Sunday, May 29, 2016

Friday, May 27, 2016

RIP Hanako

So sorry. Rest in peace, beautiful one.

Despite years of international outrage at Inokashira Park's treatment of the elephant Hanako and repeated offers to relocate her to an elephant sanctuary, Hanako passed away this week. She died the same way she spent her life ... alone in the zoo's concrete prison where she lived alone for 60 long years. She never felt grass, or dirt or had the comfort of the company of her own kind.

Hanako, forgive us.

One commenter wrote
: "some people who were interviewed a while back said Hanako should stay in the zoo because they liked going to see her...selfish is the kindest word I can use..."

Thursday, May 26, 2016

Comment senction 05.26.16

Trump is a vulgar, self-obsessed billionaire who's new game is to see if he can buy the Presidency. That's it. He loves the game. He is on no one's side but his own and will say and do anything to win. Oh he's a charmer but, once he's got you, he's already moved on. Now he owns the Republican party. Too bad guys. You lose. Should he win the election, we all lose. Bush gets credit for stirring up the Taliban and the birth of ISIS. Trump would top that.

Wednesday, May 25, 2016

Monday, May 23, 2016

Pig in a Bentley

We've been in London for about a week now and today we went for a lovely five mile walk beside the Thames.  Passing through a segment of a riverside park we met a woman on an outing with a gigantic, black and white, long haired pig and a little white dog. The pig was happily munching what looked like delicious spring grass and the dog was running around investigating everything. I'm not sure if the man leaning on the nearby black Bentley was her husband or her driver but he also smiled when I complimented her on the pig.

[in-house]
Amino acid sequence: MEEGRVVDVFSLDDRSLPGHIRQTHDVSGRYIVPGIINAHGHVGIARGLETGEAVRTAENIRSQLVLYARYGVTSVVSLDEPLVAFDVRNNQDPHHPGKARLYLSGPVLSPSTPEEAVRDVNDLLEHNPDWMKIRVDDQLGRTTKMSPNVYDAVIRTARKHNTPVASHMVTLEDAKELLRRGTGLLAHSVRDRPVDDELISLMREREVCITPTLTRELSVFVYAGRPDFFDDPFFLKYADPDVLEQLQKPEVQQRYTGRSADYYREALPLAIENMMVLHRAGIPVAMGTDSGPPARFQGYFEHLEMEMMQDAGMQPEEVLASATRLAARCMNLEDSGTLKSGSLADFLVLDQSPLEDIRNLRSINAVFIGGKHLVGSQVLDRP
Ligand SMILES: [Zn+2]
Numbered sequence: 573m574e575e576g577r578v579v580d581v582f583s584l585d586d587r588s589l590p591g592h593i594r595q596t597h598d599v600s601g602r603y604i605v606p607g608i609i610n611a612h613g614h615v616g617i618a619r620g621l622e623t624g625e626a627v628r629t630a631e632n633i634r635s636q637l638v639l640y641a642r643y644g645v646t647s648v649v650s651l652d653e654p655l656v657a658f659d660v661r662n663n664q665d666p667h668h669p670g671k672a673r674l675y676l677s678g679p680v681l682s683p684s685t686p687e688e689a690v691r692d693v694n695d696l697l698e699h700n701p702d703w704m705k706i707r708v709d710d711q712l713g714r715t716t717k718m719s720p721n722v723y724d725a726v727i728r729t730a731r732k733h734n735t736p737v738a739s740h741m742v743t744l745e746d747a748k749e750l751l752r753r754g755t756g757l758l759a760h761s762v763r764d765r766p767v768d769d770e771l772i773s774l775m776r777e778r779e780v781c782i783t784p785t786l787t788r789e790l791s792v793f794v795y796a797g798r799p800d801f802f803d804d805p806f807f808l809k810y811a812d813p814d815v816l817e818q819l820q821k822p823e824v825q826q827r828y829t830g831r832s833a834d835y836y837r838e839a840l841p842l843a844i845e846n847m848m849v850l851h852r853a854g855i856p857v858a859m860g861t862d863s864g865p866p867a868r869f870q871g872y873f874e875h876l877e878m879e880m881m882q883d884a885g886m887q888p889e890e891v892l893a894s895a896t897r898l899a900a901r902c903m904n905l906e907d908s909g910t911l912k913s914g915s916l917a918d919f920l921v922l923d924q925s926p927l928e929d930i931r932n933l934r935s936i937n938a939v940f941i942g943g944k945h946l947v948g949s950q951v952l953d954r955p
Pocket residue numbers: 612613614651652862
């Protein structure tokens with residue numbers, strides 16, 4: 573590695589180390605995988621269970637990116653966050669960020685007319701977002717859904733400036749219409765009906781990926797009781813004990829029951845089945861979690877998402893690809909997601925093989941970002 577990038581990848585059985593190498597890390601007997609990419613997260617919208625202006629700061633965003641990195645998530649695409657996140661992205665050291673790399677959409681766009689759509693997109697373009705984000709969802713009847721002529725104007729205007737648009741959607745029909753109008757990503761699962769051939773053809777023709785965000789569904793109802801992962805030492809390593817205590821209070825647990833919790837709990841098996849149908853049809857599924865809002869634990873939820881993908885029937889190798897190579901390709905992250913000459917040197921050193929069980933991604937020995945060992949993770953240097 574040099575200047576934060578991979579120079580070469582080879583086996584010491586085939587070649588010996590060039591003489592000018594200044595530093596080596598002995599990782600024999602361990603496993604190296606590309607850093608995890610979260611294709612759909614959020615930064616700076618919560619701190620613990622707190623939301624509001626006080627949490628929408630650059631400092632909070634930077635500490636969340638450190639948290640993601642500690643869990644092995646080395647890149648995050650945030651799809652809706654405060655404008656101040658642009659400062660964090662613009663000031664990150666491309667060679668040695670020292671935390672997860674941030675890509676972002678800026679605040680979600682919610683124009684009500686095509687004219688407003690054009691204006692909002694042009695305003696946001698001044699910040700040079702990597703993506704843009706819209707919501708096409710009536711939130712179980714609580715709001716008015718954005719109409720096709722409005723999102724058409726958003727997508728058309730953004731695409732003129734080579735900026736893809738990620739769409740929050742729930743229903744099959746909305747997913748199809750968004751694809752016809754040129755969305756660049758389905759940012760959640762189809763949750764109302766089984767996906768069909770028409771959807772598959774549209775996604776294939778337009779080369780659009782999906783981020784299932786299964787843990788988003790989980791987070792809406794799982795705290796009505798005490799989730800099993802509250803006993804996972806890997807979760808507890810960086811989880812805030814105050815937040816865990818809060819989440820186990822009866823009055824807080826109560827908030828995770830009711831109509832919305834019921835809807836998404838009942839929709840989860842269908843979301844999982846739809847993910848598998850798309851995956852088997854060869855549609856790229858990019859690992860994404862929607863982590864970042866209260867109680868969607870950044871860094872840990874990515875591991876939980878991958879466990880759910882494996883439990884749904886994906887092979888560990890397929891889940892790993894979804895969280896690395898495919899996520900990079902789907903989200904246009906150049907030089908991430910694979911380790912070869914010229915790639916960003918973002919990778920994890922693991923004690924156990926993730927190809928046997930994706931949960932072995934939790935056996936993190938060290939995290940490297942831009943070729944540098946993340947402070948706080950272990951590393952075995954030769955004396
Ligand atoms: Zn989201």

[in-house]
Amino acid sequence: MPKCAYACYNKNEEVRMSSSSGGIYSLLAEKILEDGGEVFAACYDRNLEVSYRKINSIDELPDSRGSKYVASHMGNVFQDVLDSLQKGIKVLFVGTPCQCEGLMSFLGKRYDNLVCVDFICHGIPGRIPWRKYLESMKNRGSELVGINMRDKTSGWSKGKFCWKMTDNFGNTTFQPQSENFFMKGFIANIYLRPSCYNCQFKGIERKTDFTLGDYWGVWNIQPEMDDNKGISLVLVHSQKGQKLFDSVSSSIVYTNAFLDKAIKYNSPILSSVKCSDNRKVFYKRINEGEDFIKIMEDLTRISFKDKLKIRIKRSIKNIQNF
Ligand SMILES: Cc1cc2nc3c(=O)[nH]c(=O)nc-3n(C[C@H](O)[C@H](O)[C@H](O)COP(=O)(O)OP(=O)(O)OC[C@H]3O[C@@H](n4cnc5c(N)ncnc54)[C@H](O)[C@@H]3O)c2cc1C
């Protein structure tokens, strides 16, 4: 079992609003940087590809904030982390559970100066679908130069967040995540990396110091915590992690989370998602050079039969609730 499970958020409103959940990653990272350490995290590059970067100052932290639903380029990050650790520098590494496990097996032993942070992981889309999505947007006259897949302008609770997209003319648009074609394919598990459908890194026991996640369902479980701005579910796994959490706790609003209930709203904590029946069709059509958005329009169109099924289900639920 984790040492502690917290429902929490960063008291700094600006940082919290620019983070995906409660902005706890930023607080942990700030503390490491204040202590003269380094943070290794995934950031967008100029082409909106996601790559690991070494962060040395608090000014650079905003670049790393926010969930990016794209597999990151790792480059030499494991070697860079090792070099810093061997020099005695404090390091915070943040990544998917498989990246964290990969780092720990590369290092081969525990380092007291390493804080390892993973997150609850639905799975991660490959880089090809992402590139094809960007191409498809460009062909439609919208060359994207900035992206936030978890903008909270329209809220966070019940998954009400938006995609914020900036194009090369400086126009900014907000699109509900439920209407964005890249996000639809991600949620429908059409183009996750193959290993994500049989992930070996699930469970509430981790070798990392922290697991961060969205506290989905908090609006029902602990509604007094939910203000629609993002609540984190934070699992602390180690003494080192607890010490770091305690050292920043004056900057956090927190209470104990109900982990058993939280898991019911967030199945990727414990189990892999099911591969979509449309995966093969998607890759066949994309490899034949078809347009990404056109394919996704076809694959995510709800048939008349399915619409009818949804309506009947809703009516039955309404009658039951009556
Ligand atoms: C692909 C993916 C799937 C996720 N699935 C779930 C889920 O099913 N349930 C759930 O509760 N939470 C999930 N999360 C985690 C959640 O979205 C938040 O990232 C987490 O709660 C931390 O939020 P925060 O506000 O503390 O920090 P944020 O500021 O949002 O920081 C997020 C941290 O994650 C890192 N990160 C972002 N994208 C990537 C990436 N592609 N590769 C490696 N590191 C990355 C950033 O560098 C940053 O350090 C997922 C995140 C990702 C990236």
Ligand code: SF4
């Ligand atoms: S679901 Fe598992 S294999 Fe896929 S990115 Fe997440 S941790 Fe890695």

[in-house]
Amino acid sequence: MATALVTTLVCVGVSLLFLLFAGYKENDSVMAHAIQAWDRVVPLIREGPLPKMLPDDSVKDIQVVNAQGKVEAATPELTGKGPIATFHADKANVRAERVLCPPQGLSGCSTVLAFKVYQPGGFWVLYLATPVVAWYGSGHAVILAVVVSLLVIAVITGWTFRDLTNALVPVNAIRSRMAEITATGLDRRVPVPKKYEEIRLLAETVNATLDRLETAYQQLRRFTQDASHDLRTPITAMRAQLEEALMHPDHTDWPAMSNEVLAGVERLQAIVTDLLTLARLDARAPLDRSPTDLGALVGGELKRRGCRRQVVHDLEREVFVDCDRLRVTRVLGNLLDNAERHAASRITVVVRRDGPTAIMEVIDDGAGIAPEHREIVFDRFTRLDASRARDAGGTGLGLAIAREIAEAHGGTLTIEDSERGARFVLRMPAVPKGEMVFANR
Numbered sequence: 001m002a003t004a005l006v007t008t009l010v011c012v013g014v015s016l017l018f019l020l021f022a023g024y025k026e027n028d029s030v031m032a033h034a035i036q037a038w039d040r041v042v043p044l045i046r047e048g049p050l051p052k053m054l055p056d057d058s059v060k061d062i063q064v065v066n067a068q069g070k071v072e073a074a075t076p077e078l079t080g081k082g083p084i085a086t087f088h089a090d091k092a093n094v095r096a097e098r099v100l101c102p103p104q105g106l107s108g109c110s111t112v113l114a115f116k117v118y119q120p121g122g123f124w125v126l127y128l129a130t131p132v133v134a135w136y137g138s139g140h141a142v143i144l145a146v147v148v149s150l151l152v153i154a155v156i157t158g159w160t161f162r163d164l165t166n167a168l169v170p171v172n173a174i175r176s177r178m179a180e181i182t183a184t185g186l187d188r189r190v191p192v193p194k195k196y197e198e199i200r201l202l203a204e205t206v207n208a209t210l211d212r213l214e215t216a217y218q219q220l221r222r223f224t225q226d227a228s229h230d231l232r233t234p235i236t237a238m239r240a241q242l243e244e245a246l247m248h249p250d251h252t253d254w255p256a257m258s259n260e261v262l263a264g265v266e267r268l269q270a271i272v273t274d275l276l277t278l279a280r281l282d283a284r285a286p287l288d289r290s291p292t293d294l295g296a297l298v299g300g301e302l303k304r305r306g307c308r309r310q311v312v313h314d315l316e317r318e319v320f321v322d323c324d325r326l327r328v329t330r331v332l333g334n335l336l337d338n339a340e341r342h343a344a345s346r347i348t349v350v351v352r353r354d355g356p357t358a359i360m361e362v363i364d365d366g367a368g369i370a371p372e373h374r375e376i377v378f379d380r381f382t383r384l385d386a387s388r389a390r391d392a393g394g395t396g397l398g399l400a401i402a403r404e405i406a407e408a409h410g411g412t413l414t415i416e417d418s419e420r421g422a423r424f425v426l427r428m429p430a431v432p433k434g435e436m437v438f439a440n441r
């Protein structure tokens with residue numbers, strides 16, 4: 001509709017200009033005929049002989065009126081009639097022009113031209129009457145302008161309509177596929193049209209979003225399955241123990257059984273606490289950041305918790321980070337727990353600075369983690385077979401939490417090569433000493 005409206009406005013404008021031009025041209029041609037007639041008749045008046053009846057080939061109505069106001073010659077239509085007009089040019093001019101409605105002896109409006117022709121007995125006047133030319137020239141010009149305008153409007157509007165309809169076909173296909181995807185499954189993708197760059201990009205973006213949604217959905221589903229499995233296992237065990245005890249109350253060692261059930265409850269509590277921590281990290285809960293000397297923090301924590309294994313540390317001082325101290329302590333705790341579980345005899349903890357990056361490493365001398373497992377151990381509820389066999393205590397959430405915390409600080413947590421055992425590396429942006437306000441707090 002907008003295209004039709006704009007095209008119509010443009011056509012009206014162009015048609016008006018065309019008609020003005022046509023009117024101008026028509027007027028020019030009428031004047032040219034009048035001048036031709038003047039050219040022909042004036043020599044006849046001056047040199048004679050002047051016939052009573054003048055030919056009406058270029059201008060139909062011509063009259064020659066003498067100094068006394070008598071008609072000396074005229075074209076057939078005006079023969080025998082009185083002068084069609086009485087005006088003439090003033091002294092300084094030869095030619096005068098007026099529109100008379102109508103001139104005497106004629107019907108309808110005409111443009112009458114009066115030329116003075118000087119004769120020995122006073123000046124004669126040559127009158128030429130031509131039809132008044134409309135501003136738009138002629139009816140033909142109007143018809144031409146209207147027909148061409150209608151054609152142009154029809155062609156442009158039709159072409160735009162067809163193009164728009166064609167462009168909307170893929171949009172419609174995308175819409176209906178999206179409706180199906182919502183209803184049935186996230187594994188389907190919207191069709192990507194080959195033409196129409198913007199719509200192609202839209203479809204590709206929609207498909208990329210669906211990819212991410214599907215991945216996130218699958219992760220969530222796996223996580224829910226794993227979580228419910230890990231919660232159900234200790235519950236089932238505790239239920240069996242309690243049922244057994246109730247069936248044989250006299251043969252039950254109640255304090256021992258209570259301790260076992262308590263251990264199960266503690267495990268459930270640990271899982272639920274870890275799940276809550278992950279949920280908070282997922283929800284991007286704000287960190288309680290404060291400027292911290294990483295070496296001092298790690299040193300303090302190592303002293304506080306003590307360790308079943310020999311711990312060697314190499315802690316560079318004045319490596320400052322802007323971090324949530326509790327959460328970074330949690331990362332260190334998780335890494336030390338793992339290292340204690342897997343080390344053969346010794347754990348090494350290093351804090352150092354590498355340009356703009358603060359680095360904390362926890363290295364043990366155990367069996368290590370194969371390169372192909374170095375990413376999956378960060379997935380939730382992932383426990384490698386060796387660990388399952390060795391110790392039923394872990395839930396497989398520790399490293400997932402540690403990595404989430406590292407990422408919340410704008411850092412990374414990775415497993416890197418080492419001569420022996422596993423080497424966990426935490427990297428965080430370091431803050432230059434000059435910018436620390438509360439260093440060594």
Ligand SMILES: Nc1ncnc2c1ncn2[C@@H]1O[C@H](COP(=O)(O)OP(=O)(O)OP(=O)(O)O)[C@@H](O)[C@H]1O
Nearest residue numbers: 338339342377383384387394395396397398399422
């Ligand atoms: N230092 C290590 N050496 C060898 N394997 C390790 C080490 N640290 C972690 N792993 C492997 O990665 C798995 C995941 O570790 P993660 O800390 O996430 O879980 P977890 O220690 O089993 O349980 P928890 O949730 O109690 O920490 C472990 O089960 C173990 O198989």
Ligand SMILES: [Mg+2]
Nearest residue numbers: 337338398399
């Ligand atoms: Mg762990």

Saturday, May 14, 2016

Day trip to the past

The way we travel, it's normal for us to walk miles in a day and get back to our apartment late. By that point, I don't have the time, energy or inclination to do a proper post, hence I usually end up writing little or nothing about the wonders we see.

Road to Ostia Antica

Our recent visit to Ostia Antica, a huge archeological site about 30 kilometers from Rome, was no exception. It was a 12 hour extravaganza of wonders.

Temple figure at the oldest crossroads
in Ostia Antica

Archaeological sites and museums are our downfall. We linger and this is where it gets complicated because, when I linger, there is suddenly so much to see... and so much to learn that I didn't know I want to know.

Mithraeum of the Baths of Mithras
Ostia Antica

For example, archaeologists date the beginnings of Ostia Antica in the 4th century BC and mark its high point in the 2nd and 3rd centuries AD. At that time it had around 100,000 inhabitants.

Fresco remains

That makes the Ostia Antica of today a 2000 year-old Roman ghost town. How can we rush though a place like that? And, undoubtedly, we're not the only ones who have enjoyed lingering there.

Tavern at the crossroads
complete with shady characters.